Is the asset allocation approach still valid?

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Paul Kaplan: I’m Paul Kaplan, director of research at Morningstar Canada. By the late 1980s, the asset allocation paradigm was widely accepted as the best way to invest. In this approach, a portfolio was first divided between different asset classes, such as stocks, bonds, real estate and cash. And then the allocation to each asset class is done with specific investments. The supremacy of asset allocation is largely explained by two influences. First, Harry Markowitz’s mean-variance model of portfolio construction is well suited to dividing a portfolio between asset classes. Because the Markowitz model takes advantage of the low correlation between asset classes to reduce risk. The 60/40 combination of stocks and bonds is an important special case because its level of risk and expected return suit many investors.

The other major influence was a study published in 1986 by Gary Brinson and some of his colleagues at Brinson Partners. In this study, Brinson and his co-authors found that more than 90% of the variation in a pension fund’s portfolio return is due to asset allocation. This result has been widely accepted as justification for the asset allocation approach. A follow-up study was published in 1991. It came to the same conclusion.

This was the situation until 1997, when William Jahnke published an article entitled “The Asset Allocation Hoax”. While the importance of the article is mainly due to its title. It caused significant controversy because it challenged the whole asset allocation edifice. It also led a number of researchers, including me, to re-examine Brinson’s studies and conduct new research. One of these new research studies was conducted by Yale Professor Roger Ibbotson and myself. One of our conclusions was that Brinson’s studies were poorly applied.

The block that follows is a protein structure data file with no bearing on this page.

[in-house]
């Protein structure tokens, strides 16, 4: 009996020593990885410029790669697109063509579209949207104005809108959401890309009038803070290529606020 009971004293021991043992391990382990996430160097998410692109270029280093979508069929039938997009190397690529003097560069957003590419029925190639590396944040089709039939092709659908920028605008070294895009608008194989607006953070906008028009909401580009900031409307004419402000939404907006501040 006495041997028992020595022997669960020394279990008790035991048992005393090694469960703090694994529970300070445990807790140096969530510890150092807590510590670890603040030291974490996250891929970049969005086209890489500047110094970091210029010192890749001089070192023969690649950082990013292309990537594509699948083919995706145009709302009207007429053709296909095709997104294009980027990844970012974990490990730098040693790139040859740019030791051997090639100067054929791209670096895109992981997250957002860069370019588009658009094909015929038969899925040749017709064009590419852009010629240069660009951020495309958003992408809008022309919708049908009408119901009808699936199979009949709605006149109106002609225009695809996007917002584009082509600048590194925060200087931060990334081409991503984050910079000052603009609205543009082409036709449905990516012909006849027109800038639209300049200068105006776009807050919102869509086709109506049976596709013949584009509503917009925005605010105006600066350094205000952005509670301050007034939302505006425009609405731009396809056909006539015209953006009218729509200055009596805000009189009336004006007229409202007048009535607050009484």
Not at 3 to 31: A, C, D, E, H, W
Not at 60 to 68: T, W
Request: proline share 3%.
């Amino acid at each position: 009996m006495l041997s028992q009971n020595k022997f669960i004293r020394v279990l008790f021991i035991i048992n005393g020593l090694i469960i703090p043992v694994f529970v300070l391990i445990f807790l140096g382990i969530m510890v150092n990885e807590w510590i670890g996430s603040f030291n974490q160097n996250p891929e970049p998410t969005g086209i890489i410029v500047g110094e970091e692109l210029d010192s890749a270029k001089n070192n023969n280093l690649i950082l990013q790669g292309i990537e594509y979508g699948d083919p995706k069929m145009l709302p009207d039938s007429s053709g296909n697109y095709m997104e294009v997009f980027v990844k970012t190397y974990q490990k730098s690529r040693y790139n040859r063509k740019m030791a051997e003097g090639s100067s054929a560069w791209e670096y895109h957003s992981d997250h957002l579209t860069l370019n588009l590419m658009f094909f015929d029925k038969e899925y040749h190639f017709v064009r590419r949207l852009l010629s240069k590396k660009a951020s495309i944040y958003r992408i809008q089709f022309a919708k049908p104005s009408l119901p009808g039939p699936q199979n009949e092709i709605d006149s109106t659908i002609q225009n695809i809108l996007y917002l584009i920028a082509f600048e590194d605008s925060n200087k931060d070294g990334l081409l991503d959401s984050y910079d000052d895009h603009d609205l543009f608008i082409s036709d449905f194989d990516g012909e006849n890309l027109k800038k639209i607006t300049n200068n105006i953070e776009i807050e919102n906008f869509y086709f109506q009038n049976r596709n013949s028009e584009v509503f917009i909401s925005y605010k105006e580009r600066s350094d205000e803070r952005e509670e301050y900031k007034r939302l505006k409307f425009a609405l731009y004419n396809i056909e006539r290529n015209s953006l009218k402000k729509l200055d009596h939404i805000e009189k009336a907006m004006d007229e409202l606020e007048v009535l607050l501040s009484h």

The Brinson studies look at how returns on a given portfolio vary over time, with their 90% result being erroneously applied to the variation in returns between portfolios. Ibbotson and I estimated that at around 40%. In 2010, James Xiong, Roger Ibbotson, Thomas Idzorek and Peng Chen published additional research in a study titled “The Equal Importance of Asset Allocation and Active Management”. So, although asset allocation is very important, it does not occupy the privileged position suggested by the Brinson studies.

So what about today, Morningstar’s John Rekenthaler recently published an article titled “Why the 60/40 portfolio continues to outlast its critics.” In this article, Rekenthaler explains how, despite his criticisms, the 60/40 portfolio has remained valid in the past and how he expects it to remain so in the future. Although it and more generally, the asset allocation approach may have been overrated in the past, it remains valid and useful.

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